By Dawit Endeshaw
Addis Abeba City Administration is issuing 44,547 ownership title deeds for households built on undocumented land.
The registration process of the residents of the city who own undocumented and illegally occupied land between May 1996 to April 2005 has already begun; this process is applicable for lands grabbed only within the given period of time; these are plots of lands occupied without permission from the city administration, illegally expanded lands and lands occupied by farmers for residential purposes.
In line with the line map produced by the city administration in 2005, the administration plans to issue 44,547 ownership documents. The decision was made last year and the action will be done in reference to Directive 18/2014, which treats lands that are not documented by an authorized body; lands that are occupied illegally and lands occupied by farmers for residential purposes.
Owners of 75 sqm plots of land that are occupied for either residential or commercial use will pay an initial lease price; but if it is more than this, it is mandatory to pay based on the seasonal lease price.
The Addis Abeba land area covers approximately 52,000ha, and the City Administration established a land bank in 2013 in order to facilitate the lease process overseen by the City Cabinet, the highest executive body of the Administration.
However, acquisition of plots that contradict the line map, lands that were temporarily given for SMEs for storing sites at construction materials, for production of construction inputs (quarry) will be taken by the city administration. Moreover, lands that are illegally occupied after 2005 will be taken by the administration and the land will be codified and put into land bank; and any construction on these lands will be demolished and the land will be taken away.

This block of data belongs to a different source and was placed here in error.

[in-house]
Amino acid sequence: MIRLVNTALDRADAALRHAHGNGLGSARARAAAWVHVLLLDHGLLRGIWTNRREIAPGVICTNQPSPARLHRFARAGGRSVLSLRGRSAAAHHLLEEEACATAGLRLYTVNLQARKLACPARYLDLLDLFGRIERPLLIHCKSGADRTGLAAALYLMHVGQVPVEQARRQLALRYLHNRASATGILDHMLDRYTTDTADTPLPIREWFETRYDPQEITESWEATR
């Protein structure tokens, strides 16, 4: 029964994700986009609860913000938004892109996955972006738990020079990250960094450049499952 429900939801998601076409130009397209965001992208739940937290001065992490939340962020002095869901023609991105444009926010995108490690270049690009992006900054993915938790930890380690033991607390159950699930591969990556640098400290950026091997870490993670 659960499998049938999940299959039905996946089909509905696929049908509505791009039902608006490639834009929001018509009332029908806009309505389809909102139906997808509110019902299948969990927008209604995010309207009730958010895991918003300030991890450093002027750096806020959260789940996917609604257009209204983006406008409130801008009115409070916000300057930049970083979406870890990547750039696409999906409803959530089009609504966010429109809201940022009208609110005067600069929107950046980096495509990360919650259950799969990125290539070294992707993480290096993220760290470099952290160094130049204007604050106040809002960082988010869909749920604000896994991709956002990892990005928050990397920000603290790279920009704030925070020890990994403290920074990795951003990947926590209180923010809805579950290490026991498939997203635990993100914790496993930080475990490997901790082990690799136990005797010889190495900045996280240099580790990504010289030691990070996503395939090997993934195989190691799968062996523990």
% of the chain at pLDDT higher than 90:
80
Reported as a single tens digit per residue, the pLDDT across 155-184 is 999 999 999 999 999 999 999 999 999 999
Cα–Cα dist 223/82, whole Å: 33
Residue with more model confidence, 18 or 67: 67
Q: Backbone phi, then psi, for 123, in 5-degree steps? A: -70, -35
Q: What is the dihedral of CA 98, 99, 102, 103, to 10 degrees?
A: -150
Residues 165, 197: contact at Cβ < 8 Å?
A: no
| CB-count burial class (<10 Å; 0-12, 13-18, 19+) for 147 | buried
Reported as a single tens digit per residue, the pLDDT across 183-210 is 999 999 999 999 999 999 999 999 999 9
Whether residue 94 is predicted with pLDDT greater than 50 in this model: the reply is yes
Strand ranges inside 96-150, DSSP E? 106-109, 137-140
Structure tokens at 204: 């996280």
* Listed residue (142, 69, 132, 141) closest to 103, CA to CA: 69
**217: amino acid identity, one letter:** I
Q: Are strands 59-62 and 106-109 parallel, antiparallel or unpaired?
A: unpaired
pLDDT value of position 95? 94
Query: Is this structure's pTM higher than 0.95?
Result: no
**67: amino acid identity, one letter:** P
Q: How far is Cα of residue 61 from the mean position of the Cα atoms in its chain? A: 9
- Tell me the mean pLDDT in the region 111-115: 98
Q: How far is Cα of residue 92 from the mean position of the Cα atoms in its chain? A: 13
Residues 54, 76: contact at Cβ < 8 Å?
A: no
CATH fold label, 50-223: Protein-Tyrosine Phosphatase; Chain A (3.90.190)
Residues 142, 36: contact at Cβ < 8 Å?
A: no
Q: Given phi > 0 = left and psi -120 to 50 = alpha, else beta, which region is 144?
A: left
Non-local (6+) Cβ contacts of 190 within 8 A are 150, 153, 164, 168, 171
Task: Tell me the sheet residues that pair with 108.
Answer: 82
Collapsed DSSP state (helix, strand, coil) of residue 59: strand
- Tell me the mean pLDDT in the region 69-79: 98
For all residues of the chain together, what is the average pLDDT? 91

As some documents by Transparency International indicated, after the 2005 election, the city administration was faced with a power vacuum because a significant area of land was taken illegally. As far as acquisition of land is concerned, this action was brought up in order to overcome illegality; this process will also help the administration to transform the city’s land into process of registration, says Markos Alemayehu, communications officer for the city’s Housing Development Urban Renewal Agency.
This is the second time that the city administration has taken this same measure of registering undocumented lands and issuing documents for occupied lands acquired before 1996 since 2010. In line with this, the city administration settled ownership issues of 60,600 lands and documents were issued, said Markos. But that was for lands that were not documented, he added, not those that were illegally possessed.
For this purpose, the administration has a project office that specifically deals with the issue at the city level. Moreover, at Woreda level, there is human resource arrangement of two experts selected by the respective district, one appointee by each Woreda and representatives from every level of social/political arrangements (leagues).
The previous experience was initially scheduled to be completed within six months but later found to take three years. Currently, the city is making announcement via media for those residents to whom the new offer applies, but only few are coming forward so far, Markos says.
“We will exert our efforts so that it will not become a drawn out process like in 2010,” Markos added.
It is after the people have registered that the city administration will decide if those registered deserve to get documents for the land they occupied.
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